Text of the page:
Wellness Versus Diet Culture: How Do I Know What’s What?

Diet culture has long ruled over the fitness and health industry. So, how do you know which companies care about self-love, body positivity and acceptance and which ones are just trying to profit by making you feel unhealthy? Look for these telltale signs to determine if a company embraces wellness or if it’s rooted in diet culture.

By Dr. Lisa N. Folden, PT
Mom-focused Wellness Coach

With the topics of body positivity and self-love becoming more popular over the last few years, it’s no surprise that the world of wellness has been bombarded by diet culture vultures in an effort to sell more products, teas, shakes, workout plans, etc. And for the everyday consumer, the line between diet culture and wellness may seem pretty blurred. 


Obviously we all want to be healthy, right? So, why is it a bad idea to achieve that through the latest fad diet? Can’t you address total wellness while restricting calories or counting points? The short answer: not really. But let me give you more context and some reasons why.


Let’s be clear. Diet culture has been the boss of the fitness and health industry for decades. However, body positivity, self-love, total wellness and, now, even “fat acceptance” have come along. As more people become aware of these topics and concepts, many die-hard dieters are divorcing their diets. 


So, like any good business, companies that encourage and financially profit off of diet culture are reframing their programs to appear more focused on wellness. They are adding meditation to their programs or telling clients to read a self-help book to round out their fitness program. And while it’s a cute effort, please beware of the wolf (diet culture) in sheep’s (wellness) clothing. The end goal is the same: Get you to think you’re unhealthy and then GET YOUR MONEY.

Wellness will focus on simply changing mindsets to help you believe that you are enough and that your weight does not define your health.

Here’s how you can sort through who’s REALLY about self-love, body positivity and acceptance and who’s just blowing smoke.

  • Diet culture is rooted in the idea of changing your body. If you are bombarded with before and after pictures, it’s diet culture. The premise is that your ‘before’ picture is somehow inferior. You were fat then…which inherently means unhealthy, and now you are thin (or at least less fat; therefore, less unhealthy). But don’t stop. Keep going, because at any point you can be fat again or simply plateau because you’re not working hard enough.
  • The ownness is always on the individual without regard to genetics, lifestyle, hormones or anything else. If your new “wellness program” focuses on weight loss…. IT’S A DIET. Conversely, wellness will focus on simply changing mindsets to help you believe that you are enough and that your weight does not define your health.
  • Diet culture profits off of you disliking yourself. Look at the leaders and spokespeople for the “program.” If they are all in the same size demographic, chances are they’re sending you a clear message that the people who can help you be healthier are thin (which for them is synonymous with healthy). Furthermore, if the ads ask questions about your need to “lose weight,” “look better in your clothes” or even “have more confidence,” they’re essentially feeding into the body shaming that you’re probably already engaging in. That is NOT body positivity.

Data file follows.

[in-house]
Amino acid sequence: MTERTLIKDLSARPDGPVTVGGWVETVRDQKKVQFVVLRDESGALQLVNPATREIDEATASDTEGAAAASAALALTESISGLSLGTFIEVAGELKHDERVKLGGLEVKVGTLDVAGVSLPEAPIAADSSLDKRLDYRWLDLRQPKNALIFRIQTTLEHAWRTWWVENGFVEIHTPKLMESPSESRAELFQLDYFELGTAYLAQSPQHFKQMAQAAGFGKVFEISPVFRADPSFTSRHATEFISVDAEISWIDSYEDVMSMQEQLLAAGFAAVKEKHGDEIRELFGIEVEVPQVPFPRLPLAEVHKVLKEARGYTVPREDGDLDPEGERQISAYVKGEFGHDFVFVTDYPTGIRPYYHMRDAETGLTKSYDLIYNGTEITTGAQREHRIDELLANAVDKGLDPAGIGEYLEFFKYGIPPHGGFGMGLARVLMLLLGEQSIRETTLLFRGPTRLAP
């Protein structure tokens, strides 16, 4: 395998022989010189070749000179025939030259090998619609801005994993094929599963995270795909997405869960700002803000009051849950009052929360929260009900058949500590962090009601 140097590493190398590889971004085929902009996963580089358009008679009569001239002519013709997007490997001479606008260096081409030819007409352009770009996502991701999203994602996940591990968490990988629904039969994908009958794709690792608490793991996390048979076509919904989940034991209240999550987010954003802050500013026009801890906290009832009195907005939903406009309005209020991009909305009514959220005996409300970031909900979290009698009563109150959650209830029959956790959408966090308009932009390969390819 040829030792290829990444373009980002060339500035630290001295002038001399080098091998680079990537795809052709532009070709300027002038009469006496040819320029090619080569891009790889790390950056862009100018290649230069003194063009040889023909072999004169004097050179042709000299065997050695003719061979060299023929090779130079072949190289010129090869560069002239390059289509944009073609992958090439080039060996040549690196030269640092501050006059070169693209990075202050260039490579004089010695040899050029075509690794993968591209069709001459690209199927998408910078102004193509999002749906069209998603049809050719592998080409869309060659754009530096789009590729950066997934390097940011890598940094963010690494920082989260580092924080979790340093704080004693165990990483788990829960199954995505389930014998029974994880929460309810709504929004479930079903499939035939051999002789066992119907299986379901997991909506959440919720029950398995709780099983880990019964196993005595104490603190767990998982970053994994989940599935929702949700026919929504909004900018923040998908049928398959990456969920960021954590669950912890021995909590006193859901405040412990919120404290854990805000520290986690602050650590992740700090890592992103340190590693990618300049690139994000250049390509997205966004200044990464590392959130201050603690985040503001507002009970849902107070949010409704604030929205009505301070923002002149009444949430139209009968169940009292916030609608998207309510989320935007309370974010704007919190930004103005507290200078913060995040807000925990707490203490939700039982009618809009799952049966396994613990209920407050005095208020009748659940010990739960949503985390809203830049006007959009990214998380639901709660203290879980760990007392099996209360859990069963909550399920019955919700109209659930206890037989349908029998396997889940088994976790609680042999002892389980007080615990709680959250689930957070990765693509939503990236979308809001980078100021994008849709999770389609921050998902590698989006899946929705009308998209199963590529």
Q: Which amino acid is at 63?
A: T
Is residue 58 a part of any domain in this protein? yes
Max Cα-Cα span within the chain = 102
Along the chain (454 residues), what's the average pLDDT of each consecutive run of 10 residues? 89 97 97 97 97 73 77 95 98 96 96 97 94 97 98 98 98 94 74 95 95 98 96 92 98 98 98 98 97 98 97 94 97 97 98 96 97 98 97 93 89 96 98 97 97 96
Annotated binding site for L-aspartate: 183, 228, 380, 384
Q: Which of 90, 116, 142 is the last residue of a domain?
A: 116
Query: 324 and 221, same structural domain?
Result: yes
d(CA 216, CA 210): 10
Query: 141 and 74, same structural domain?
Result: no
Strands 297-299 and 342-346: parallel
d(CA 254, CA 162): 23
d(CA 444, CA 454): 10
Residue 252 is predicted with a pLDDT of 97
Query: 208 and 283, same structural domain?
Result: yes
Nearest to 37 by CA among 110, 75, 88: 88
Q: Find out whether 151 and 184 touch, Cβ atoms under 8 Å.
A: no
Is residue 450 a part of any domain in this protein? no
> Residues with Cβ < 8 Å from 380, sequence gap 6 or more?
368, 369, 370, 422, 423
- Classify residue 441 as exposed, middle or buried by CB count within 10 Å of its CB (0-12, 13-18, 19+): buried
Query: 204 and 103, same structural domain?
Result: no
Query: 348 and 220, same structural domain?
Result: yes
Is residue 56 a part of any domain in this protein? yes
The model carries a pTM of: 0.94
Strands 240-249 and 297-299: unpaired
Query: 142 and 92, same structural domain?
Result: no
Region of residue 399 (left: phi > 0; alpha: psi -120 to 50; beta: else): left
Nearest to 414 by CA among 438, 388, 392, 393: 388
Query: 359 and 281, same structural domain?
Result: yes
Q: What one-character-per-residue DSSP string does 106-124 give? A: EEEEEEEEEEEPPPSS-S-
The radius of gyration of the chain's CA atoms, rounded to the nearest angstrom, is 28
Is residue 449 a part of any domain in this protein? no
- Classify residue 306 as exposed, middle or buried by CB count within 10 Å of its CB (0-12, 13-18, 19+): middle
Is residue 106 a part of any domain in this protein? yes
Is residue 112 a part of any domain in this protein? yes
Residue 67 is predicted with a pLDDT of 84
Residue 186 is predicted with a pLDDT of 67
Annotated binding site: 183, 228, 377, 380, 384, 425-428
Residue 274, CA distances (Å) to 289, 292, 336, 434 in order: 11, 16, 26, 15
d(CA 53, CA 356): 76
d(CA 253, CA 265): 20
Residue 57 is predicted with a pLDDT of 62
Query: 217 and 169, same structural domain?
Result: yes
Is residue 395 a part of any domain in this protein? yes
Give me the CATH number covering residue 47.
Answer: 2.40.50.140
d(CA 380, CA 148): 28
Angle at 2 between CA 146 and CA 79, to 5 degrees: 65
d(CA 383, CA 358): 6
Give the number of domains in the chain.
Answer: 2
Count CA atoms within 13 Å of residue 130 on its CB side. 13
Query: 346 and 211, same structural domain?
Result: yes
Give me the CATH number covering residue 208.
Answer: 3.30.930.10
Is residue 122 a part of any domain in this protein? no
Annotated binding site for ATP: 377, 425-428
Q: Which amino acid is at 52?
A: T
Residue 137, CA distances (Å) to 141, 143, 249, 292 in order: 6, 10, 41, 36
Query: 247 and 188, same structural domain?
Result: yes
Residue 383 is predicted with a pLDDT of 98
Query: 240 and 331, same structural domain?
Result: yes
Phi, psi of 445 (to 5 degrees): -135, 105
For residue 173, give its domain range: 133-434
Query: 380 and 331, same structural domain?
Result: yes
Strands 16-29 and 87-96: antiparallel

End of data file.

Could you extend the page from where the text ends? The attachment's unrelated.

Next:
• Wellness will encourage you to love yourself EXACTLY AS YOU ARE, no questions asked. Starting a wellness program may result in weight loss and body changes for some, but that will never be the focus. Praise for weight loss is counterproductive to true wellness because our bodies are always changing and that is not something to seek. The REAL measures of health are things like blood pressure, cholesterol, endurance, flexibility, strength, bathroom habits and more…not how much you weigh.
  • Diet culture reinforces restriction. The entire premise of any and all diet programs is to “cut back on,” “limit,” or “stop” something for the purpose of losing weight. Becoming smaller requires less calories in (eating less) and/or burning more calories off (exercising more). Unbeknownst to most who engage in diet culture, these habits encourage many forms of disordered eating…including binging, starving and shaming.
  • Wellness will support ideas like eating intuitively (not fasting), slowing down to enjoy your food and take inventory of how it is making you feel (physically and emotionally) and using exercise to make you feel good, rather than to lose weight. If you’re not seeing AND feeling this in the language, guess what? It’s a diet.

Remember, wellness wants all of you to be well…your mind, your soul and your body. Diet culture wants you to lose weight, decrease your waistline and become the smallest version of yourself, by any means necessary. Who wants that? Not me…at least not anymore. Hopefully, you don’t either. Life is too short to spend it dieting. It’s time to live and live WELL.

Dr. Lisa N. Folden is a licensed physical therapist and mom-focused lifestyle coach. As a movement expert and women’s health advocate, Dr. Lisa works to help busy moms find their ‘healthy.’ The owner of Healthy Phit Physical Therapy & Wellness Consultants in Charlotte, NC, Dr. Folden works with clients recovering from orthopedic and neurological injuries. Additionally, she assists busy moms seeking a healthier lifestyle by guiding their food, exercise and wellness choices through optimal organization, planning strategies and holistic goal setting.
A regular contributor to online and print articles on topics related to health, wellness, self-care, motherhood, pregnancy and pain, Dr. Lisa has had the distinct honor of being featured in Oprah Magazine, Shape Magazine, Livestrong, Bustle and several others.

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